Monday, January 23, 2012

Monday Mixtape: Epiphany!

Welcome to Monday Mix Tape, in which I pretend I'm Ira Glass.  You know, I choose a theme and share with you several variations on the theme from the worlds of art, faith and culture.  To keep up the fun little facade of making a weekly mix tape, I label each of these finds as "track 1",  "track 2", and so on (and just like the stack of mixtapes you've got hidden in a box in your attic, you never know when you might see some love song from Journey or Lionel Richie show up here).

 We're in the midst of the weeks of Epiphany, the weeks we remember some of the key moments of Jesus' life starting with the visit of the magi to the Child-King, the baptism of Jesus, and the water turned to wine at the Cana wedding.    The word epiphany from ancient Greek speaks to a striking appearance, a manifestation. I barely know how to picture the word:  manifestation.  "To make manifest" does not help me at all, but synonyms shed more light:  clear, distinct, unmistakable, open, palpable, visible, conspicuous.  Oh, yes, this makes delightful sense to me now.

You've heard the pithy expression attributed to the theologian William Barclay, "There are two great days in a person's life -- the day we are born and the day we discover why."  These vigorous words help me frame the liturgical seasons of Christmas and Epiphany and could be restated:  In these two great seasons in the life of Jesus we celebrate the day the Messiah was born and the events Father, Son and Spirit reveal why.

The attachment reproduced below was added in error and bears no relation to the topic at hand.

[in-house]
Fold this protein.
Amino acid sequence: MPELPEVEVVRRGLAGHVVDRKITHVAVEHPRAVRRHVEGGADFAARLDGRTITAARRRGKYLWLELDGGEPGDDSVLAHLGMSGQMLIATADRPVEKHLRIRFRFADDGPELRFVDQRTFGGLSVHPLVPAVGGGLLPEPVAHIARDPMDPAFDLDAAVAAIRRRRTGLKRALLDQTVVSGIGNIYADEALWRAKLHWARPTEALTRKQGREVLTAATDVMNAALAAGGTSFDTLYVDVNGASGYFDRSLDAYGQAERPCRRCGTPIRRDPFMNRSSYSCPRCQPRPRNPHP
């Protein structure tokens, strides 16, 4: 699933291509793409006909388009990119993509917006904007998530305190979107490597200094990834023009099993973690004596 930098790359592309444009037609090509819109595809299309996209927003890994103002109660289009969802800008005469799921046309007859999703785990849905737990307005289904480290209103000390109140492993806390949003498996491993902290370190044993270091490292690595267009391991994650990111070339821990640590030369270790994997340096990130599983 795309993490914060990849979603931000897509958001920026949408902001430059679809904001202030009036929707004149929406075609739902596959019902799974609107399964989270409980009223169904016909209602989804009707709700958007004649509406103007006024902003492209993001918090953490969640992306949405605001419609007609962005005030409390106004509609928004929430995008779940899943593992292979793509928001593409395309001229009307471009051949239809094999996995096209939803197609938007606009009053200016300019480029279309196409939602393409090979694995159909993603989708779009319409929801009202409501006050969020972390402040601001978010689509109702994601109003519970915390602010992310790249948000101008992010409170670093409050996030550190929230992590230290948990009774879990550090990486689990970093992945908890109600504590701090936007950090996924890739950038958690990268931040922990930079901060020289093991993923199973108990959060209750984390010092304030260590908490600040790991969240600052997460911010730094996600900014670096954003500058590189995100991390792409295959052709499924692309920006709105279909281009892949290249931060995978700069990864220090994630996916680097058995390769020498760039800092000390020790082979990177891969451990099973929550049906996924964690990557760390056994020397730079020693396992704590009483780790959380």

For the next few weeks, we gather round these flaming-bush moments in Jesus' life hoping for our sleeping hearts to be stricken with sight.  

track 1:  photography


photo credit:  An Orthodox priest conducts a service at an ice hole in a pond as part of Epiphany celebrations in Kiev, Ukraine, Wednesday, Jan. 19, 2011. AP / Sergei Chuzavkov

I think the Eastern church has a good idea here.  Imagine the congregation in your last Sunday service taking turns jumping into ice-covered water?  Can you imagine a liturgy more striking to our sleeping selves?

track 2:  music

This may look like a Christmas album, this collection of songs arranged, prepared in 2009 by worship director Bruce Benedict for corporate worship at Christ the King Presbyterian in Raleigh, NC.  Spend some time listening and you with the lyrics weaving the wonder not only of the day Christ was born but the revealing of God's why.  It is in our understanding of the why, we come to know the very heart of God.  Look for the heart of God revealed in songwriter's poetry.

A sampling to start your listening journey (click on the link or the album title to visit the bandcamp page that includes a lyrics option):  
  • "Savior of the nations, come..." (track 1, verse 1)
  • "...That though the wrong seems oft so strong, God is the ruler yet." (track 3, verse 4)
  • "...Dearer to God are the prayers of the poor." (track 5, verse 5)

track 3:  poetry


A momentary rupture to the vision:
the wavering limbs of a birch fashion